# PROBLEM LINK:

*Author:* Aniswar Srivatsa Krishnan

*Editorialist:* Aniswar Srivatsa Krishnan

# DIFFICULTY:

Hard

# PREREQUISITES:

Graph Algorithms, Math.

# PROBLEM:

Given a k-Square configuration, solve it!

\qquad \qquad \qquad \qquad \qquad \qquad (example of a move)

# EXPLANATION:

The solved configuration has all positive numbers, with each number in reading order across rows then columns. To check if a configuration is solved, loop through the rows, then loop through the columns, making sure that the first number is 1 and each subsequent number is exactly one more than the previous. This procedure checks the value of each of the k^2 elements in the configuration in O(1) time, so it takes O(k^2) time in total.

There are 2k possible moves (s, i) for s in ("row", “col”) and i in {0,...., k-1}. For each move, copy the input configuration in O(k^2) time, and then reverse and negate the row or column affected by the move. Doing this for all moves then takes O(k^3) time.

Each coordinate of a cubie originally at position (x,y) is transformed by a move by a reflection, so can only ever be in row y or (k - 1) - y and column x or (k - 1) - x, i.e. one of four positions. In addition, a cubie may be rightside-up or upside-down, so each cubie may exist in at most one of eight oriented positions, leading to at most 8k^2 configurations of the square. A tighter upper bound of 4k^2 is possible by noting that a cubie can only exist in a position in one orientation.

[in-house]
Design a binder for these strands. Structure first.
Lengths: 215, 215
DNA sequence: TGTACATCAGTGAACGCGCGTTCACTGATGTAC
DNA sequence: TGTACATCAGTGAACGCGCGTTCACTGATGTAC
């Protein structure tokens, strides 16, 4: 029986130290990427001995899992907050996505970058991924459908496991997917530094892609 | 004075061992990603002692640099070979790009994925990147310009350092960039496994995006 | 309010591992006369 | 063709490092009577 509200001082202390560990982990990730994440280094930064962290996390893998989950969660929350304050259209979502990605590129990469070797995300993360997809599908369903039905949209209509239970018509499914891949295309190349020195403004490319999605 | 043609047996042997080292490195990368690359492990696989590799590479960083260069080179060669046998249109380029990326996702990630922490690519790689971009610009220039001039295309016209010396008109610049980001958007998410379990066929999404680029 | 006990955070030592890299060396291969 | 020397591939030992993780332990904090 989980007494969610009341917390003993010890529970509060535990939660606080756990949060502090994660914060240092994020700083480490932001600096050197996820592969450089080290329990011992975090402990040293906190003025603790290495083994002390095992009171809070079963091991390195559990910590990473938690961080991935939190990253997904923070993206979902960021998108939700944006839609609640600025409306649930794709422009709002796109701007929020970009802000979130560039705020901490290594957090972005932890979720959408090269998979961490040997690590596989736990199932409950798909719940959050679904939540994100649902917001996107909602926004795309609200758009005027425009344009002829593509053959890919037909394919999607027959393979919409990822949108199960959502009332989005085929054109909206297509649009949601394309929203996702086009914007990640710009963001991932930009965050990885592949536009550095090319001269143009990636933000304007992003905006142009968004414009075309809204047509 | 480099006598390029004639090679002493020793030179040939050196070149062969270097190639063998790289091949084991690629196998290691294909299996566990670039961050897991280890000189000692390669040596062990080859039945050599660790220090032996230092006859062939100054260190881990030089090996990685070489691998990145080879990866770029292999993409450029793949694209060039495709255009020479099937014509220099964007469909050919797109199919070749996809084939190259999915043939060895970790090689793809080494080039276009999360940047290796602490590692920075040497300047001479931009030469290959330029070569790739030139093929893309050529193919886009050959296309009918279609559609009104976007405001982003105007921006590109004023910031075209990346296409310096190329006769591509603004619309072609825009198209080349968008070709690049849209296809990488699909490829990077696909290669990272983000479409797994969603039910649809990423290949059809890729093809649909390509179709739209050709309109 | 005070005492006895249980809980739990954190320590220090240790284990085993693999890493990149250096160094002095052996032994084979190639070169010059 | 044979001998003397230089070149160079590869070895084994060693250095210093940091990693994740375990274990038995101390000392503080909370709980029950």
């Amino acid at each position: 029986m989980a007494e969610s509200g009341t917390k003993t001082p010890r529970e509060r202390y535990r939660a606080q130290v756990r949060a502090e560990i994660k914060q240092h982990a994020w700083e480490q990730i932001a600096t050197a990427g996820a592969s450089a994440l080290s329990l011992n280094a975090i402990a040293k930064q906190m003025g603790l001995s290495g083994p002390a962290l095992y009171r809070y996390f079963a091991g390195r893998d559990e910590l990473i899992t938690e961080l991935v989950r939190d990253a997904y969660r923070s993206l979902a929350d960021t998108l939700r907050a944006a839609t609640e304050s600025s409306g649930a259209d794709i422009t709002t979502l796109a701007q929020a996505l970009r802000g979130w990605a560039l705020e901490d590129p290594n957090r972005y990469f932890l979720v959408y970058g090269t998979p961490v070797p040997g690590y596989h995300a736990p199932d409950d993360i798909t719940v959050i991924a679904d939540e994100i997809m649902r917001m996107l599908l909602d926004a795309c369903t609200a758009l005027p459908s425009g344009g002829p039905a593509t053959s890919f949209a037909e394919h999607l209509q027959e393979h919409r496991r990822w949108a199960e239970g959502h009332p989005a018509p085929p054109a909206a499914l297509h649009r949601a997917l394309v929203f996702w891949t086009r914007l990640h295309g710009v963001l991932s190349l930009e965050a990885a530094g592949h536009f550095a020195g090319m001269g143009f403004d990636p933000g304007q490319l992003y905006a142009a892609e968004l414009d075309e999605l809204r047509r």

Run a breadth-first search on a graph having vertices corresponding to configurations of the k-Square and an edge between two configurations when one can be transformed into the other via a single move. Start the search with the initial configurations, and when the solved configuration is found, return a shortest solving sequence of moves to reach the solved state by following parent pointers along the BFS tree back to the original configuration. When processing a configuration, compute its neighboring configurations using the algorithm from step 2 in O(k^3) time. Since breadth-first search processes each of O(c^{k^2}) vertices at most once, and O(k^3) work is performed per vertex, this search takes O(k^3c^{k^2}) time.

# SOLUTION:

## Setter's Solution (Python)

```
from collections import deque
def is_solved(config):
"Return whether input config is solved"
k=len(config)
for i in range(0,k):
for j in range(0,k):
if config[i][j] != k*i + j + 1:
return False
return True
def move(config, mv):
"Return a new configuration made by moving config by move mv"
k = len(config)
(s, i) = mv # s in ("row", "col") and i in range(k)
config1=[]
for l in range(k):
config1.append(list(config[l]))
config=config1
if s=="row":
config[i].reverse()
for j in range(k):
config[i][j]=-config[i][j]
else:
col=[]
for j in range(k):
col.append(config[j][i])
col.reverse()
for j in range(k):
config[j][i]=-col[j]
return tuple([tuple(row) for row in config])
def solve_ksquare(config):
"Return a list of moves that solves config"
parent, solved = bfs(config)
i=solved
path=[]
while i!=config:
path.append(parent[i][1])
i=parent[i][0]
return path[::-1]
def bfs(config):
k=len(config)
parent={config:[config,()]}
q = deque([])
q.append(config)
while q:
curr=q.popleft()
for i in range(k):
nex = move(curr,('col',i))
if nex not in parent:
parent[nex]= [curr,('col',i)]
if is_solved(nex):
return parent, nex
q.append(nex)
for i in range(k):
nex = move(curr,('row',i))
if nex not in parent:
parent[nex]= [curr,('row',i)]
if is_solved(nex):
return parent, nex
q.append(nex)
return parent , config
def main():
n = int(input())
config=[]
for i in range(n):
con=[]
ks = input().split()
for j in range(n):
k = int(ks[j])
con.append(k)
con=tuple(con)
config.append(con)
config = tuple(config)
moves = solve_ksquare(config)
print(len(moves))
for move in moves:
print(str(move[0])+" "+str(move[1]))
if __name__ == "__main__":
main()
```